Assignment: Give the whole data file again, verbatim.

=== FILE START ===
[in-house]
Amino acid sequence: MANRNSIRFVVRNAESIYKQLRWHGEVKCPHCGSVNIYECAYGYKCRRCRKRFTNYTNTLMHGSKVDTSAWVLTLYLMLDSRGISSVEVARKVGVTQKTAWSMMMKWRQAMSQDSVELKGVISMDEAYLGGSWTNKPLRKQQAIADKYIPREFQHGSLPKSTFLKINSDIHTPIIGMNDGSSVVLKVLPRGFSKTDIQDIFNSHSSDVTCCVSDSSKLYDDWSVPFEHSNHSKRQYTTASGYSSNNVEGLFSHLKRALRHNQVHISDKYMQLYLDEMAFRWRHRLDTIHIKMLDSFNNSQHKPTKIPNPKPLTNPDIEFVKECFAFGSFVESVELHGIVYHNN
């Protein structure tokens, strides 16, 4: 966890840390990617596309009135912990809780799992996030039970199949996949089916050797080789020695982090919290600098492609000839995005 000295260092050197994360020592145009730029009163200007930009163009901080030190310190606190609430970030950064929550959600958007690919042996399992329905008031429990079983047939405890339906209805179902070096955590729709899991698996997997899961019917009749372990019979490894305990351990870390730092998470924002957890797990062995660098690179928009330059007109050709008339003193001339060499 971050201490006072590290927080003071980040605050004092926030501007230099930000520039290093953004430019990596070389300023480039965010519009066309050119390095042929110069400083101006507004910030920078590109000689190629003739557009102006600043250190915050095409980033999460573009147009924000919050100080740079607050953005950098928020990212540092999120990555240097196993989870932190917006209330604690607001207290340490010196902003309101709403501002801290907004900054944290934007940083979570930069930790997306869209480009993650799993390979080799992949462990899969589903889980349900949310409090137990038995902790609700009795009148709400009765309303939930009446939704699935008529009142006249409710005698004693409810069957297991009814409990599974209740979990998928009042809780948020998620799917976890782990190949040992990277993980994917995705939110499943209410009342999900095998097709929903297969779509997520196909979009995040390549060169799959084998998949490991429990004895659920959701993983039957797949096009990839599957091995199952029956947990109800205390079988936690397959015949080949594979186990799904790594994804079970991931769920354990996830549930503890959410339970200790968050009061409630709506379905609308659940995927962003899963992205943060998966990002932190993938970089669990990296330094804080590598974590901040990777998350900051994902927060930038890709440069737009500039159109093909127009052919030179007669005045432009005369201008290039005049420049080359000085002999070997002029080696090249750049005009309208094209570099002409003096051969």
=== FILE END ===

[in-house]
Amino acid sequence: MANRNSIRFVVRNAESIYKQLRWHGEVKCPHCGSVNIYECAYGYKCRRCRKRFTNYTNTLMHGSKVDTSAWVLTLYLMLDSRGISSVEVARKVGVTQKTAWSMMMKWRQAMSQDSVELKGVISMDEAYLGGSWTNKPLRKQQAIADKYIPREFQHGSLPKSTFLKINSDIHTPIIGMNDGSSVVLKVLPRGFSKTDIQDIFNSHSSDVTCCVSDSSKLYDDWSVPFEHSNHSKRQYTTASGYSSNNVEGLFSHLKRALRHNQVHISDKYMQLYLDEMAFRWRHRLDTIHIKMLDSFNNSQHKPTKIPNPKPLTNPDIEFVKECFAFGSFVESVELHGIVYHNN
């Protein structure tokens, strides 16, 4: 966890840390990617596309009135912990809780799992996030039970199949996949089916050797080789020695982090919290600098492609000839995005 000295260092050197994360020592145009730029009163200007930009163009901080030190310190606190609430970030950064929550959600958007690919042996399992329905008031429990079983047939405890339906209805179902070096955590729709899991698996997997899961019917009749372990019979490894305990351990870390730092998470924002957890797990062995660098690179928009330059007109050709008339003193001339060499 971050201490006072590290927080003071980040605050004092926030501007230099930000520039290093953004430019990596070389300023480039965010519009066309050119390095042929110069400083101006507004910030920078590109000689190629003739557009102006600043250190915050095409980033999460573009147009924000919050100080740079607050953005950098928020990212540092999120990555240097196993989870932190917006209330604690607001207290340490010196902003309101709403501002801290907004900054944290934007940083979570930069930790997306869209480009993650799993390979080799992949462990899969589903889980349900949310409090137990038995902790609700009795009148709400009765309303939930009446939704699935008529009142006249409710005698004693409810069957297991009814409990599974209740979990998928009042809780948020998620799917976890782990190949040992990277993980994917995705939110499943209410009342999900095998097709929903297969779509997520196909979009995040390549060169799959084998998949490991429990004895659920959701993983039957797949096009990839599957091995199952029956947990109800205390079988936690397959015949080949594979186990799904790594994804079970991931769920354990996830549930503890959410339970200790968050009061409630709506379905609308659940995927962003899963992205943060998966990002932190993938970089669990990296330094804080590598974590901040990777998350900051994902927060930038890709440069737009500039159109093909127009052919030179007669005045432009005369201008290039005049420049080359000085002999070997002029080696090249750049005009309208094209570099002409003096051969």